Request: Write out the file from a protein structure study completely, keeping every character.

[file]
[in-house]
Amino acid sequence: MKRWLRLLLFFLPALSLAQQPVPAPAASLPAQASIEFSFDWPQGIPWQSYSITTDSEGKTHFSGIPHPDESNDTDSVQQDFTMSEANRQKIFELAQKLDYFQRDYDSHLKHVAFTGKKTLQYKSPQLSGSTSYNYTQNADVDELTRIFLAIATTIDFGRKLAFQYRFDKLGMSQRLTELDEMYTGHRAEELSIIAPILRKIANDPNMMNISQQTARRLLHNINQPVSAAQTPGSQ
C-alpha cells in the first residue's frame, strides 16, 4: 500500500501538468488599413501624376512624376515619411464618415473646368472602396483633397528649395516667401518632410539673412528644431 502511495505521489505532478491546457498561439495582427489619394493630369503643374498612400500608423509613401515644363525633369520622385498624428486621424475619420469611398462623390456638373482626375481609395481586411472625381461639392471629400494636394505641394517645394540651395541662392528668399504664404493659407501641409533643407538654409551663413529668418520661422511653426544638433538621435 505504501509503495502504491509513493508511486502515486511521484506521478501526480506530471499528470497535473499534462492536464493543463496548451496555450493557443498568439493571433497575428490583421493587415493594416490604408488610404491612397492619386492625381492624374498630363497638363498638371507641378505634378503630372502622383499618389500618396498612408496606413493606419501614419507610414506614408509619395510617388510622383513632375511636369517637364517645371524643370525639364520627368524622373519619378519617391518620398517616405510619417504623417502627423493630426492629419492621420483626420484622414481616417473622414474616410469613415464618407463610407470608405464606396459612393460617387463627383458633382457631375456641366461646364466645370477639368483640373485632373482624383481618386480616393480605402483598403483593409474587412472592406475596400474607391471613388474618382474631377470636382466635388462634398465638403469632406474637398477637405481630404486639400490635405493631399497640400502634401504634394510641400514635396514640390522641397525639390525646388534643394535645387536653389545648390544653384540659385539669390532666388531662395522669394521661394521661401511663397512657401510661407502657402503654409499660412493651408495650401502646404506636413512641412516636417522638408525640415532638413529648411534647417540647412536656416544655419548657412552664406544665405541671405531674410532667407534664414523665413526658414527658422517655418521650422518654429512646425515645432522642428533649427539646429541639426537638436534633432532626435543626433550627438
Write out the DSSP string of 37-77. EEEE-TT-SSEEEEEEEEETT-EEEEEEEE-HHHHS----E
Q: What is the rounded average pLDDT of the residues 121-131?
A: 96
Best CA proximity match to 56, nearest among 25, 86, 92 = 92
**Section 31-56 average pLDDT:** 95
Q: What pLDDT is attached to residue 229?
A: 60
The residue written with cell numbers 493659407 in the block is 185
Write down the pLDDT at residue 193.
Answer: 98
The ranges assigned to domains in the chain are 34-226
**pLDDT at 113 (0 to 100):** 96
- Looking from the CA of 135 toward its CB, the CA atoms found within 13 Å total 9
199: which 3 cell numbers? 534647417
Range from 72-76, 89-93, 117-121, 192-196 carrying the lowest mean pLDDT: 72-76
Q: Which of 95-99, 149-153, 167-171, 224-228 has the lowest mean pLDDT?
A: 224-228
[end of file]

[in-house]
Amino acid sequence: MKRWLRLLLFFLPALSLAQQPVPAPAASLPAQASIEFSFDWPQGIPWQSYSITTDSEGKTHFSGIPHPDESNDTDSVQQDFTMSEANRQKIFELAQKLDYFQRDYDSHLKHVAFTGKKTLQYKSPQLSGSTSYNYTQNADVDELTRIFLAIATTIDFGRKLAFQYRFDKLGMSQRLTELDEMYTGHRAEELSIIAPILRKIANDPNMMNISQQTARRLLHNINQPVSAAQTPGSQ
C-alpha cells in the first residue's frame, strides 16, 4: 500500500501538468488599413501624376512624376515619411464618415473646368472602396483633397528649395516667401518632410539673412528644431 502511495505521489505532478491546457498561439495582427489619394493630369503643374498612400500608423509613401515644363525633369520622385498624428486621424475619420469611398462623390456638373482626375481609395481586411472625381461639392471629400494636394505641394517645394540651395541662392528668399504664404493659407501641409533643407538654409551663413529668418520661422511653426544638433538621435 505504501509503495502504491509513493508511486502515486511521484506521478501526480506530471499528470497535473499534462492536464493543463496548451496555450493557443498568439493571433497575428490583421493587415493594416490604408488610404491612397492619386492625381492624374498630363497638363498638371507641378505634378503630372502622383499618389500618396498612408496606413493606419501614419507610414506614408509619395510617388510622383513632375511636369517637364517645371524643370525639364520627368524622373519619378519617391518620398517616405510619417504623417502627423493630426492629419492621420483626420484622414481616417473622414474616410469613415464618407463610407470608405464606396459612393460617387463627383458633382457631375456641366461646364466645370477639368483640373485632373482624383481618386480616393480605402483598403483593409474587412472592406475596400474607391471613388474618382474631377470636382466635388462634398465638403469632406474637398477637405481630404486639400490635405493631399497640400502634401504634394510641400514635396514640390522641397525639390525646388534643394535645387536653389545648390544653384540659385539669390532666388531662395522669394521661394521661401511663397512657401510661407502657402503654409499660412493651408495650401502646404506636413512641412516636417522638408525640415532638413529648411534647417540647412536656416544655419548657412552664406544665405541671405531674410532667407534664414523665413526658414527658422517655418521650422518654429512646425515645432522642428533649427539646429541639426537638436534633432532626435543626433550627438
Write out the DSSP string of 37-77. EEEE-TT-SSEEEEEEEEETT-EEEEEEEE-HHHHS----E
Q: What is the rounded average pLDDT of the residues 121-131?
A: 96
Best CA proximity match to 56, nearest among 25, 86, 92 = 92
**Section 31-56 average pLDDT:** 95
Q: What pLDDT is attached to residue 229?
A: 60
The residue written with cell numbers 493659407 in the block is 185
Write down the pLDDT at residue 193.
Answer: 98
The ranges assigned to domains in the chain are 34-226
**pLDDT at 113 (0 to 100):** 96
- Looking from the CA of 135 toward its CB, the CA atoms found within 13 Å total 9
199: which 3 cell numbers? 534647417
Range from 72-76, 89-93, 117-121, 192-196 carrying the lowest mean pLDDT: 72-76
Q: Which of 95-99, 149-153, 167-171, 224-228 has the lowest mean pLDDT?
A: 224-228